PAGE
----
Images audio

Mississippi Flood Creates Ideal Condititons For Bugs

By Jeffrey Hess | Published 14 Jun 2011 08:45am | comments
Rolling Fork Supervisor John Williams shows off a new bug fogging machine.

The record flood along the Mississippi River has created the perfect conditions for mosquitoes and other bugs to breed and flourish across the soggy delta. The bugs are more than just a nuisance, the can also carry disease. MPB's Jeffrey Hess reports on the efforts of some in the delta to fight the swarms of pests.

Large standing pools of water left by the flood and the recent steamy heat create the perfect breeding ground for all types of insects and bacteria says University of Mississippi Scientist Ikhas Khan.

"That’s where they lay their eggs. And that is where they hide and colonize. And the more standing water there is, not only for mosquitoes but for other bugs, it provides them ideal conditions for breed and protection. That is what they need," Khan said.

The swarms of insects create a potential health hazard because sometimes they carry disease. At least one case of West Nile Virus has already been confirmed by the state health department.

Rolling Fork Mayor James Denson says the flood has brought an unprecedented amount of bugs to his small delta town.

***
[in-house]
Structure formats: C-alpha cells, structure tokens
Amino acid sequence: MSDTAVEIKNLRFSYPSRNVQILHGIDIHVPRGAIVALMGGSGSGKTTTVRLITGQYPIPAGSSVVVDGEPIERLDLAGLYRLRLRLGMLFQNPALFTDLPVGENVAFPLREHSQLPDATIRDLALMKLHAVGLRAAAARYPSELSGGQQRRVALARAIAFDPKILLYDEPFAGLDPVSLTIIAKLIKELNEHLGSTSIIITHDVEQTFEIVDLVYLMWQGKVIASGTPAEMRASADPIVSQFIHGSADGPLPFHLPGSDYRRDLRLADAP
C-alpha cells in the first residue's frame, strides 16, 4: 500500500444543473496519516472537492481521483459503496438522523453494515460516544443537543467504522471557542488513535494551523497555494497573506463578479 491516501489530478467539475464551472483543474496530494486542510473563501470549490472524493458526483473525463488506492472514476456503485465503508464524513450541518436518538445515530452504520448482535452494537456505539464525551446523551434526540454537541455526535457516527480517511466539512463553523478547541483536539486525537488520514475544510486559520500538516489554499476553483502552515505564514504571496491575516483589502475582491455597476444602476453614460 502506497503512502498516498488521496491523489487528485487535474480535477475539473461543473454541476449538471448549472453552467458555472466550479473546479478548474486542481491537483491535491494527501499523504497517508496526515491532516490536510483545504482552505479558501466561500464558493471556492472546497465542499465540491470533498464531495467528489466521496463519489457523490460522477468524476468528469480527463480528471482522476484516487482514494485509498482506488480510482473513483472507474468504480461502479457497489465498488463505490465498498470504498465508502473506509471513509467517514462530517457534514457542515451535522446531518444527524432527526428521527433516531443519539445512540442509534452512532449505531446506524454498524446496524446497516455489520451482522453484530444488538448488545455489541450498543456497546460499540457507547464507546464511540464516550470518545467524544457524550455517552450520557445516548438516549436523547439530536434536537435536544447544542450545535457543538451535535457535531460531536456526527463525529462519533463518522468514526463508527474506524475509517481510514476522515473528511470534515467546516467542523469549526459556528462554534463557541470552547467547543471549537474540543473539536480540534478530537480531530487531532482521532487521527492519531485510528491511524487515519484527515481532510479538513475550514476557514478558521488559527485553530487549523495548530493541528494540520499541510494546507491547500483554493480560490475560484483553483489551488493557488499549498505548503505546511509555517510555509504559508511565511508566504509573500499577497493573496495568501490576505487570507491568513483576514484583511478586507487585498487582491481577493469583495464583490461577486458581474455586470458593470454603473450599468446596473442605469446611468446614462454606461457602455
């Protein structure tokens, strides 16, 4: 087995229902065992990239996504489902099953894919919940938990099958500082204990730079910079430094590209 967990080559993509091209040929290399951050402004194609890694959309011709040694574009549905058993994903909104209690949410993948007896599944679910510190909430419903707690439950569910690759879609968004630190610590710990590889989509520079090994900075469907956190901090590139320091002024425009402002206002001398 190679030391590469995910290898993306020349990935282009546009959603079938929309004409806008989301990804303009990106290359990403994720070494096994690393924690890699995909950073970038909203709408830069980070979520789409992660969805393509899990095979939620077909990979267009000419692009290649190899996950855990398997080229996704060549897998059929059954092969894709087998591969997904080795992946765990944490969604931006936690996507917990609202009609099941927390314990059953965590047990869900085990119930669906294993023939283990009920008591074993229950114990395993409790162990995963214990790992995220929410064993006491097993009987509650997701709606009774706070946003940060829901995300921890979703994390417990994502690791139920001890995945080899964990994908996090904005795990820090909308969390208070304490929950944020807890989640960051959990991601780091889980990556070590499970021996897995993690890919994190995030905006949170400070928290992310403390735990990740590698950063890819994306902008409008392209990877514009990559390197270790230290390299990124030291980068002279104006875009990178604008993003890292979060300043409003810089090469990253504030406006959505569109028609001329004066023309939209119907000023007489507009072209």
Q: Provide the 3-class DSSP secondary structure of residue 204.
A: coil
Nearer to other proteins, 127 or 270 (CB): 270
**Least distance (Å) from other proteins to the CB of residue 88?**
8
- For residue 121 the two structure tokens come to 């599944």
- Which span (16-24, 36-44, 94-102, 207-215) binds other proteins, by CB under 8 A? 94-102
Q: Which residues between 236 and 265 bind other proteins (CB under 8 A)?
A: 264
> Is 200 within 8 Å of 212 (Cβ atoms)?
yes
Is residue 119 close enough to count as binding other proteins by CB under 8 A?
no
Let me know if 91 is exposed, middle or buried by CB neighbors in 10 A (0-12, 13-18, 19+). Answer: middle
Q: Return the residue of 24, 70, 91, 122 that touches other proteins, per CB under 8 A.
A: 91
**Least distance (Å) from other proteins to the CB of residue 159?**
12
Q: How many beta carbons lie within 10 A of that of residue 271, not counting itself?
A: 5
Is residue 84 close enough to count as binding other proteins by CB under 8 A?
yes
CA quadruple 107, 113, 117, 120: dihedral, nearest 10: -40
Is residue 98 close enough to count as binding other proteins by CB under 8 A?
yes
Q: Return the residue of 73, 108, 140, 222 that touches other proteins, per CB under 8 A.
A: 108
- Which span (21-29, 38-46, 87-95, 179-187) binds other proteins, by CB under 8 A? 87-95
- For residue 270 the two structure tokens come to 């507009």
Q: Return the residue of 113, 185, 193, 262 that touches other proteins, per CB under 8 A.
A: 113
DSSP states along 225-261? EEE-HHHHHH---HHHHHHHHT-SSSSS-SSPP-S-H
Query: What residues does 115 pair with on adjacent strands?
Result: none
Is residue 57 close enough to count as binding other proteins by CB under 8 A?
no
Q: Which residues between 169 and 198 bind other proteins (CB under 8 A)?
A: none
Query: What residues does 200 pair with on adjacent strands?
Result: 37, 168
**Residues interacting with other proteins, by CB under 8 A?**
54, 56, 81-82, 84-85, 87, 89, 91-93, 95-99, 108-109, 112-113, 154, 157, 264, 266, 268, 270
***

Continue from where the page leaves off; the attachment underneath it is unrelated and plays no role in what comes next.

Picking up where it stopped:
"They are very pesty. They are in large quantities and they look like they are in bunches. They are piled up in different locals and stuff like that and you just walk into them," Denson said.

After complaints from residents, the city bought a new pesticide spreading machine to spray the city.

Rolling Fork Superintendent John Williams shows off the new machine...which resembles a generator hooked up to tank holding pesticides. It sprays insect fighting chemicals around the city from the back of a slow moving truck.

Rolling Fork resident Robert Wray says the biting insects are all over town and impossible to avoid.

"They leave a little bump or something on you. They don't really bother you or nothing like that. A friend of mine says one got in his eye and messed his eye up. Maybe gave him pink eye or something," Wray said.

Even with the anti-bug spraying, the insects will continue to breed and are impossible to eliminate.

That makes bug spray, draining standing water around your home, and avoiding active mosquito times key to protecting your health.


Rolling Fork Supervisor John Williams shows off a new bug fogging machine.



MPB will not tolerate obscenities, threats/personal attacks, hate speech, material that is ethnically or racially offensive, abusive comments, comments off topic and spam, to name a few. You can see a complete list of the MPB guidelines by viewing our terms of service. If you spot a comment you think violates these guidelines, report it to the moderators by clicking "x" next to the comment, then "report”. MPB reserves the right to adjust these guidelines. If you have a suggestion, please contact us.